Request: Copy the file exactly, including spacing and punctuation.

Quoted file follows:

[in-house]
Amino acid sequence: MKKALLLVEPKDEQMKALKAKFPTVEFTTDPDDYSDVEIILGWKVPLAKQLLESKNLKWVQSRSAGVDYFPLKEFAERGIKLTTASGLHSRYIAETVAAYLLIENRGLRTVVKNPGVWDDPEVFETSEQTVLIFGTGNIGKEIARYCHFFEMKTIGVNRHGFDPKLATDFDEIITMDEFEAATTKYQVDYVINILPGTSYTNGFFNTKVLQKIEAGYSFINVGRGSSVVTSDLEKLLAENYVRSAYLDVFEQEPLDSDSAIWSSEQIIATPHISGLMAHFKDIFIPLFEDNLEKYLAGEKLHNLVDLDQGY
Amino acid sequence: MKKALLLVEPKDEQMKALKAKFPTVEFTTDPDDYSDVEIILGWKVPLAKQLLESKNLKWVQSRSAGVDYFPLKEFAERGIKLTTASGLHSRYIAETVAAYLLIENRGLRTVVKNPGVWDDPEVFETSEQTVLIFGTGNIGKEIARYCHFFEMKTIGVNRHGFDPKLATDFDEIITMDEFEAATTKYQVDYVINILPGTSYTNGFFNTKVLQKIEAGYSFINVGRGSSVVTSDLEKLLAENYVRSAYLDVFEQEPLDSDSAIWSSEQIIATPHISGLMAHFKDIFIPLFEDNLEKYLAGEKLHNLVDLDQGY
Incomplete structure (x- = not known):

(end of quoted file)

[in-house]
Amino acid sequence: MKKALLLVEPKDEQMKALKAKFPTVEFTTDPDDYSDVEIILGWKVPLAKQLLESKNLKWVQSRSAGVDYFPLKEFAERGIKLTTASGLHSRYIAETVAAYLLIENRGLRTVVKNPGVWDDPEVFETSEQTVLIFGTGNIGKEIARYCHFFEMKTIGVNRHGFDPKLATDFDEIITMDEFEAATTKYQVDYVINILPGTSYTNGFFNTKVLQKIEAGYSFINVGRGSSVVTSDLEKLLAENYVRSAYLDVFEQEPLDSDSAIWSSEQIIATPHISGLMAHFKDIFIPLFEDNLEKYLAGEKLHNLVDLDQGY
Amino acid sequence: MKKALLLVEPKDEQMKALKAKFPTVEFTTDPDDYSDVEIILGWKVPLAKQLLESKNLKWVQSRSAGVDYFPLKEFAERGIKLTTASGLHSRYIAETVAAYLLIENRGLRTVVKNPGVWDDPEVFETSEQTVLIFGTGNIGKEIARYCHFFEMKTIGVNRHGFDPKLATDFDEIITMDEFEAATTKYQVDYVINILPGTSYTNGFFNTKVLQKIEAGYSFINVGRGSSVVTSDLEKLLAENYVRSAYLDVFEQEPLDSDSAIWSSEQIIATPHISGLMAHFKDIFIPLFEDNLEKYLAGEKLHNLVDLDQGY
Incomplete structure (x- = not known):